Proverbs 31 as an Acrostic Poem by Sean Burt

A tumbled down, and hurt his Arm, against a bit of wood.
B said, 'My Boy, O! do not cry; it cannot do you good!'
—Edward Lear

Try to name a nonfantastical animal that starts with the letter U and you will understand the challenge of creating an acrostic poem. Acrostic poems draw attention to the first letter of each line, and in Prov 31:10-31, the first letter of each verse begins with a successive letter of the Hebrew alphabet—v. 10 begins with aleph, v. 11 with bet, and so on through the 22 letters to v. 31, which begins with the final letter, tav. Although this poetic device makes Prov 31:10-31 stand out in the book of Proverbs, acrostics can be found in several other places in the Bible. Most appear in the Psalms (Ps 9, Ps 10, Ps 25, Ps 34, Ps 37, Ps 111, Ps 112, Ps 119, Ps 145), but prophetic literature (Nah 1) and Wisdom literature (Sir 51, Lam 1-4) also use acrostics.

The technical term for these poems is abecedarian, because they use the acrostic device only to make alphabets. Other acrostic poems do even more, spelling names or phrases. For example, the Babylonian Theodicy uses the initial letter of each stanza to spell out a sentence declaring the scribe's devotion to his king and god. Alternatively, Lewis Carroll closes Through the Looking Glass with a poem whose initial letters spell out Alice Pleasance Liddell, the name of the girl on whom his fictional Alice may be based.

The purposes of alphabetic acrostics vary by the poem, but some scholars have suggested that it was an aid for oral memorization. More likely, though, because they are so difficult to compose, acrostics were an ostentatious show of scribal technique, an ancient version of the antics of the French Oulipo group, who do things like write entire books without the letter E.

Ps 119 has drawn criticism in this regard: its meticulously composed acrostic structure, with 22 eight-line alphabetic stanzas, can be overwhelming. The eight lines of the first stanza begin with aleph, the next eight lines in the second stanza begin with bet, and so on, for 22 stanzas. That is not to say that the acrostic cannot be a device of great power. In the book of Lamentations, the first two chapters' acrostics build toward the extremely structured and overflowing threefold acrostic in chapter 3. Not coincidentally, that chapter is the part of Lamentations most filled with promise for a new future. However, Lamentations does not end on a note of hopeful expectation. Lam 4-5 gradually abandons the acrostic, and the book concludes with a deflated nonacrostic poem whose 22-lines are but a reminder of the hope suggested by Lam 3. The acrostic form echoes through Lamentations even in its absence.

In Prov 31:10-31, too, the acrostic form fits the purpose of the poem and the book. This poem paints a picture of a woman who embodies real, practical wisdom from A to Z, or from aleph to tav. Yet, as Carol Meyers points out, this poem does not in fact exhaust the scope of practical economic activity for ancient Israelite women. The acrostic form may therefore be helping to communicate something that the poem's content does not. Even further, the fact that Proverbs' only acrostic section shows strong links with major themes of the book (the preciousness of wisdom and the difficulty of obtaining it, the fear of the Lord) shows that the “strong woman” is not just some kind of afterthought but is an essential portrayal of wisdom.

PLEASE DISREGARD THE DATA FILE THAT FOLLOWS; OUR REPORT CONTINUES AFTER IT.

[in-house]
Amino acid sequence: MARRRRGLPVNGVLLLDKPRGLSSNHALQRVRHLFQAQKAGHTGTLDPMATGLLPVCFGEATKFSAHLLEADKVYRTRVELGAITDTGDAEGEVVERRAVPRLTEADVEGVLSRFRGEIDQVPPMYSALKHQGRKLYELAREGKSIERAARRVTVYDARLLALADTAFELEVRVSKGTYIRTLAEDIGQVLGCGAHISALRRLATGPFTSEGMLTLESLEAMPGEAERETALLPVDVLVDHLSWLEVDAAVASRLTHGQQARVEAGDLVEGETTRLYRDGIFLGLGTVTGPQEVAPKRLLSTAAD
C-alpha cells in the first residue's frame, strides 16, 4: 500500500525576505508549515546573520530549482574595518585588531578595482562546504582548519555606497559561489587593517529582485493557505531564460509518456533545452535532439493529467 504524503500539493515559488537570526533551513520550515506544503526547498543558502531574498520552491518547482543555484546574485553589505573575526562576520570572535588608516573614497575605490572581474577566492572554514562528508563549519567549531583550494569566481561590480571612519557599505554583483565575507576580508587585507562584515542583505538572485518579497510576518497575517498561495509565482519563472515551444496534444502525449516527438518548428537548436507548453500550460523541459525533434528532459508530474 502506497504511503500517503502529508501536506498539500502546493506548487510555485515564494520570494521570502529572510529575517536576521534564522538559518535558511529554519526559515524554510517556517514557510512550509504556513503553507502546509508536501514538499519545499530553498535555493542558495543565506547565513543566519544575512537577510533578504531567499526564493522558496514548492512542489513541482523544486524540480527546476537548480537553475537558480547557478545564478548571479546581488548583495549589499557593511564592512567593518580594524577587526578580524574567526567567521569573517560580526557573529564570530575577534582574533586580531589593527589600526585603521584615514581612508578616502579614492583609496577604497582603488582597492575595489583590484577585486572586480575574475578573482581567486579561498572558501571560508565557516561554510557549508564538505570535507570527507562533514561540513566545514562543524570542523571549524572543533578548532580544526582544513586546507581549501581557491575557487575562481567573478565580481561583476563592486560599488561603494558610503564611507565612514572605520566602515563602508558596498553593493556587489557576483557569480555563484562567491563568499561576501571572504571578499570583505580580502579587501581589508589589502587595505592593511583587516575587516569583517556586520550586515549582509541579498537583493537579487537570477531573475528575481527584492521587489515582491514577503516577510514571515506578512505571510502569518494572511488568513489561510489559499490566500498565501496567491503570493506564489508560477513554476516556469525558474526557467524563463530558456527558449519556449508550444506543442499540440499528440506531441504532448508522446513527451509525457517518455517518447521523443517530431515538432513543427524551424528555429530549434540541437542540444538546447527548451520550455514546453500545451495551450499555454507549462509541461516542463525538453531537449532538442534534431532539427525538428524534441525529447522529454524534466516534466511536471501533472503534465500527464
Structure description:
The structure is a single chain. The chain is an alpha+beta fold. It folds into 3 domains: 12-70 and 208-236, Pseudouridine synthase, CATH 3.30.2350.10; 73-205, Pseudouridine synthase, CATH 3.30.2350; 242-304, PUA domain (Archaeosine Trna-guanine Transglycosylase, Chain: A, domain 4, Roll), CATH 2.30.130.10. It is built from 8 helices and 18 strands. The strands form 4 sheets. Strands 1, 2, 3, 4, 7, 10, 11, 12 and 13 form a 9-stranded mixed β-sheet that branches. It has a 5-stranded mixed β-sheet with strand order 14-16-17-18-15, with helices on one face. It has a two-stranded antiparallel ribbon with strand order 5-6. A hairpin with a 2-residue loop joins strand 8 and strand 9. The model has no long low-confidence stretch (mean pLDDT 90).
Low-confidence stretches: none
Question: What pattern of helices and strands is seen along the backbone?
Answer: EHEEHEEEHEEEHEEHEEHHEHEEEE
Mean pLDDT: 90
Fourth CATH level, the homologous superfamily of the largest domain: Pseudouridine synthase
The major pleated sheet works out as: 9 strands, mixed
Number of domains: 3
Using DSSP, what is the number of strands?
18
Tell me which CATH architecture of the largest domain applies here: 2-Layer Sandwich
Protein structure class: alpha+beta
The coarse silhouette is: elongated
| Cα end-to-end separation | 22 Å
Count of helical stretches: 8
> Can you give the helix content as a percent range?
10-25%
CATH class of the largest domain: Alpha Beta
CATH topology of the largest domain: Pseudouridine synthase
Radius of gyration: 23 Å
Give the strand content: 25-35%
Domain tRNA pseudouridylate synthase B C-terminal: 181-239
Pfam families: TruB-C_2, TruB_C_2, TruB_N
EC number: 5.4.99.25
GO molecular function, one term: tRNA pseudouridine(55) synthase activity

Sean Burt, "Proverbs 31 as an Acrostic Poem", n.p. [cited 17 Dec 2017]. Online: http://bibleodyssey.com/en/passages/related-articles/proverbs-31-as-an-acrostic-poem

Contributors

Sean Burt

Sean Burt
Assistant Professor, North Dakota State University

Sean Burt is an assistant professor in religious studies and English at North Dakota State University. His research interests include Persian-period Judaism, genre theory, and the Psalms. He is the author of The Courtier and the Governor: Transformations of Genre in the Nehemiah Memoir (Vandenhoeck & Ruprecht, 2014).

Of or relating to ancient lower Mesopotamia and its empire centered in Babylon.

The application of critical models of scholarship to a text.

A West Semitic language, in which most of the Hebrew Bible is written except for parts of Daniel and Ezra. Hebrew is regarded as the spoken language of ancient Israel but is largely replaced by Aramaic in the Persian period.

Relating to or associated with people living in the territory of the northern kingdom of Israel during the divided monarchy, or more broadly describing the biblical descendants of Jacob.

The promise made by Yahweh to the ancestors in Genesis, including the promise of offspring, land, and blessing. Eventually the covenant becomes the essential part of this promise.

An accounting for evil in the world despite God's goodness.

A category of biblical literature that typically deals with the nature of God and the moral and practical aspects of human experience.

Prov 31:10-31

* Invalid citation format *

Prov 31:10-31

* Invalid citation format *

Ps 9

* Invalid citation format *

Ps 10

* Invalid citation format *

Ps 25

* Invalid citation format *

Ps 34

* Invalid citation format *

Ps 37

* Invalid citation format *

Ps 111

* Invalid citation format *

Ps 112

* Invalid citation format *

Ps 119

* Invalid citation format *

Ps 145

* Invalid citation format *

Nah 1

* Invalid citation format *

Sir 51

* Invalid citation format *

Lam 1-4

* Invalid citation format *

Ps 119

* Invalid citation format *

Lam 4-5

* Invalid citation format *

Lam 3

* Invalid citation format *

Prov 31:10-31

* Invalid citation format *

 NEH Logo
Bible Odyssey has been made possible in part by the National Endowment for the Humanities: Exploring the human endeavor
Any views, findings, conclusions, or recommendations expressed in this website, do not necessarily represent those of the National Endowment for the Humanities.